Richard Attenborough Tribute: At Brighton Rock

Richard Attenborough Tribute: At Brighton Rock

Jarrod Emerson's tribute to Richard Attenborough:

PART 1: BRIGHTON ROCK - 1947

 

What do you get when the crime classic, Brighton Rock, (by acclaimed novelist Graham Greene) falls into the hands of pioneering British filmmaker John Boulting?  Only an incredible film noir of British cinema, whose influence I can now see in many modern British gangster flicks (The Long Good Friday & Sexy Beast come to mind).  Set in the 1930s, Brighton Rock tells the story of a young, ambitious gangster whose violent impulses ultimately work against him.

In one of his earliest film roles, Richard Attenborough plays “Pinkie Brown”, the lethal hoodlum I’m referring to.  Pinkie has just assumed leadership of a small, but brutal syndicate operating in the popular English resort of Brighton - thanks to a damning article written by journalist “Fred Hale” that led to the death of the gang’s previous leader.  For his first order of business, Pinkie and his associates track Hale down and murder him.  While Pinkie initially appears to have gotten away with it, he soon discovers there are some loose ends.  Local resort entertainer “Ida Arnold”, having encountered the frightened Hale shortly before his death, refuses to accept the authorities suicide ruling and begins her own tenacious detective work.  In addition, a naïve young waitress, “Rose”, has seen a crucial piece of evidence left behind by one of Pinkie’s goons.  As Pinkie struggles to maintain control over the situation, he becomes increasingly impulsive and psychotic.  

It may be tempting for many younger viewers to write Brighton Rock off as an old-fashioned, terribly dated piece of cinema.  Yes, the film’s over-the-top, melodramatic musical score, bits of choppy editing and an emphasis on dialogue-over-action, might be off-putting to some.  But, I urge you to look beyond all of that.  Brighton Rock has endured remarkably thanks to passionate filmmaking.  John Boulting takes full advantage of the medium, with many memorable sequences (including Hale’s death scene, which was inventively shot).  While I admit to not reading Graham Greene’s novel, he and co-screenwriter Terrence Rattigan seem to have done a fine job translating the story to a film, fleshing out the characters.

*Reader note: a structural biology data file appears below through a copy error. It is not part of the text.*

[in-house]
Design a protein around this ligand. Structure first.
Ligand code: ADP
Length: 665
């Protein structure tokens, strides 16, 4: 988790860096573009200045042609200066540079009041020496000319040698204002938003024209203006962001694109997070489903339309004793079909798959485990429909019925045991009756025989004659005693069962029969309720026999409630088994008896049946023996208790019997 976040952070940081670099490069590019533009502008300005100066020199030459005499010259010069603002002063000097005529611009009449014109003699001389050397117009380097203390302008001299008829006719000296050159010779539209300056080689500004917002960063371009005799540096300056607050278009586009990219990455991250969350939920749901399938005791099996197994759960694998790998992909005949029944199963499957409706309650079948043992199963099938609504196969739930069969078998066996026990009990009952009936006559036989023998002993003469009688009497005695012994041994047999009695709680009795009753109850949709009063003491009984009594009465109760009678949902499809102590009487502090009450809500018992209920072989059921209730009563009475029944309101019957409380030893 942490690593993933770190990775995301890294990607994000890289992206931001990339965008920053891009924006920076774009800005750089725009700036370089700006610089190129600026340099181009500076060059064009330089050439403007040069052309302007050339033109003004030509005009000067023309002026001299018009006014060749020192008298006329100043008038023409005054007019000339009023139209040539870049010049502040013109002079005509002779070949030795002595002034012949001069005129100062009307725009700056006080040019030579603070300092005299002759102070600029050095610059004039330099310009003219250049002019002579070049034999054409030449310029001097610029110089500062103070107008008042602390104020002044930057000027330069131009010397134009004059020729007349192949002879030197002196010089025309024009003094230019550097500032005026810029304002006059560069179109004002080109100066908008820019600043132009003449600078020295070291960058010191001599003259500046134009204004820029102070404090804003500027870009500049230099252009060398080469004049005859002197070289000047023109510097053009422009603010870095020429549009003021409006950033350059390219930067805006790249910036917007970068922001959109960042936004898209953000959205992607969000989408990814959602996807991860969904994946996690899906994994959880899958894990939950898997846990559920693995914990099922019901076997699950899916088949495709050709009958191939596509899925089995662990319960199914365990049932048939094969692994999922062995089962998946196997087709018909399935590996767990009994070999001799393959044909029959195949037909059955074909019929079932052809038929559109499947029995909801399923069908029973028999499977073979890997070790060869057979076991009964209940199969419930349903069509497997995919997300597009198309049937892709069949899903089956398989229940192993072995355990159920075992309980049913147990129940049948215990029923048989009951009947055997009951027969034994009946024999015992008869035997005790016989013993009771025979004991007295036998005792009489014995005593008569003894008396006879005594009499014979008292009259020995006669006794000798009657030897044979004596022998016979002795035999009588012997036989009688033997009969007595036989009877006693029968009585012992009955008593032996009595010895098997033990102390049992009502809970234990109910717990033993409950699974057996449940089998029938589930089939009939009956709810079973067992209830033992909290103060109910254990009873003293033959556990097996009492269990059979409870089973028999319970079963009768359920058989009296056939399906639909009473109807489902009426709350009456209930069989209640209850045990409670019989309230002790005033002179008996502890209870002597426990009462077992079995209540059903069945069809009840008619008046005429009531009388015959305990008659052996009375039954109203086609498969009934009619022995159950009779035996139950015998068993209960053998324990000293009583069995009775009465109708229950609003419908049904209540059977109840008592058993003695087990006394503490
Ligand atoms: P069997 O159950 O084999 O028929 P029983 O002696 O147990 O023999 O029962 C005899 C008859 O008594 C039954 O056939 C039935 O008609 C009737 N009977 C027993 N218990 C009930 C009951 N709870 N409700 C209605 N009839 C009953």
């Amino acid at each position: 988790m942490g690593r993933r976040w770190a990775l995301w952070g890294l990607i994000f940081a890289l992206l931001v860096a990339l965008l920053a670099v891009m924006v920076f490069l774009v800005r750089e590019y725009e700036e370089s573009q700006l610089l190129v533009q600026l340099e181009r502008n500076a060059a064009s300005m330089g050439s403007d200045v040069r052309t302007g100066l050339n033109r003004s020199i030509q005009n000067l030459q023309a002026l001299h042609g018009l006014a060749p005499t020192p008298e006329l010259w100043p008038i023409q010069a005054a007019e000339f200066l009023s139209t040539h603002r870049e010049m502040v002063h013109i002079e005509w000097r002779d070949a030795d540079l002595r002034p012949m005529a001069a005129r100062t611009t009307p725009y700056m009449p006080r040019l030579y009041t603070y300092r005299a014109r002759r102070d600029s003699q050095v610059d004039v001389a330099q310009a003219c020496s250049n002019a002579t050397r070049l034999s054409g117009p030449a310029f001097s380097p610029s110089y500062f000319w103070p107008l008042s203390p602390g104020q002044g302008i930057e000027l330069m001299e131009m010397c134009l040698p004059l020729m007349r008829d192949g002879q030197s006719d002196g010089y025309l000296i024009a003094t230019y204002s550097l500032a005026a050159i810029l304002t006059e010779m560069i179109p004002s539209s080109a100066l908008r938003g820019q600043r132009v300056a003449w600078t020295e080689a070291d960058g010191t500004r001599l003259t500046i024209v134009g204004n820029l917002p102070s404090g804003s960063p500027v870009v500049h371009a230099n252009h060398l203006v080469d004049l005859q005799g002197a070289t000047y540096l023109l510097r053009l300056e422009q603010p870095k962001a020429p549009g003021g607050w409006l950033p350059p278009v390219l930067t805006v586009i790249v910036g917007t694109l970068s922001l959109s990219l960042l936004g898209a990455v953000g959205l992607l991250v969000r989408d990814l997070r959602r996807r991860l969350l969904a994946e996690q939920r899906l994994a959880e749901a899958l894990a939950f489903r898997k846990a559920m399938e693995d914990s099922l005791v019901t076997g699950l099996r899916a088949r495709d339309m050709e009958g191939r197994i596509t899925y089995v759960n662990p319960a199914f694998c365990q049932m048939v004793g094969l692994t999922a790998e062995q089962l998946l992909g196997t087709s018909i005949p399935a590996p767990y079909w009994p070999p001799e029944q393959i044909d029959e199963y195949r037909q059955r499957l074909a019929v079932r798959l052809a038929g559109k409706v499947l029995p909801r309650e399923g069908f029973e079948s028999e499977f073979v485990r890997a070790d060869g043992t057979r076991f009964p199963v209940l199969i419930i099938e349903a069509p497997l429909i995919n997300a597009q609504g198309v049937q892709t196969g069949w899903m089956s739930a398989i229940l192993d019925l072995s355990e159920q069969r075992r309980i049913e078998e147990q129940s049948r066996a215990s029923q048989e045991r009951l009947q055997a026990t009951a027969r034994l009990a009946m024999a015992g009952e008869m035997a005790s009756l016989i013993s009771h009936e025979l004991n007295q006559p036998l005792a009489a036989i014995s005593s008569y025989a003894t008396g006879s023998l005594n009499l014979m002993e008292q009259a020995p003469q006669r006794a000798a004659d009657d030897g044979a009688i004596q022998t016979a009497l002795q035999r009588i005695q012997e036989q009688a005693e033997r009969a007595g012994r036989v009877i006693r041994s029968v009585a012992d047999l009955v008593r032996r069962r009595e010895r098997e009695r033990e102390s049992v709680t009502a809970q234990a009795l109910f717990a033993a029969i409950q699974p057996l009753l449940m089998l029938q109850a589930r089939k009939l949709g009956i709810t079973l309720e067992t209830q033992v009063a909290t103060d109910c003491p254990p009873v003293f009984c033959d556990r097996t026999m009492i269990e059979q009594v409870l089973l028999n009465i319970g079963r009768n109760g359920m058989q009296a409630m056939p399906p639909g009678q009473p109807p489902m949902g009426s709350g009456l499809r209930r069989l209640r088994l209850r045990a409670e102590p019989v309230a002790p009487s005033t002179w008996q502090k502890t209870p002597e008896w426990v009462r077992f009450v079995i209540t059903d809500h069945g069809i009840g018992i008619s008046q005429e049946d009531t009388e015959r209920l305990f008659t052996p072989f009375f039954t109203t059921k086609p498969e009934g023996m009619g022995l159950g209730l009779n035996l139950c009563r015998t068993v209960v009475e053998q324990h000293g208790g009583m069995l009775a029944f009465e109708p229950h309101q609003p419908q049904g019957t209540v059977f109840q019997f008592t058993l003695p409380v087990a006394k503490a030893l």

The nearly unrecognizable, 23-year old Attenborough is perfectly cast in a role he seemed born to play.  In the film’s introduction, Pinkie is lying on his bed, hand-weaving a cat’s cradle.  That’s how he sees himself: cool, calm and collected – and pulling the strings.  For example: Pinkie forges a false courtship with Rose so he can hastily marry the impressionable girl – all to prevent her from being able to give any testimony against him.  In one of the film’s more jarring scenes, Rose asks her new husband to record a vinyl love message in an enclosed gramophone booth.  Instead of words of love, Pinkie records a cruel message.  As the film progresses, pressure mounts and things begin to backfire.  Hotheaded Pinkie starts making irrational decisions that will lead to his downfall.  

The remaining supporting characters are also well written, particularly that of determined citizen-sleuth Ida Arnold, played wonderfully by Hermione Baddeley.  Doctor Who fans may also get a kick out of the presence of the very first Doctor himself, William Hartnell, as one of Pinkie’s goons.

If the detective in you is craving a gangster noir, I urge you to start your investigation with this classic potboiler.

© Jarrod Emerson (12/10/16) FF2 Media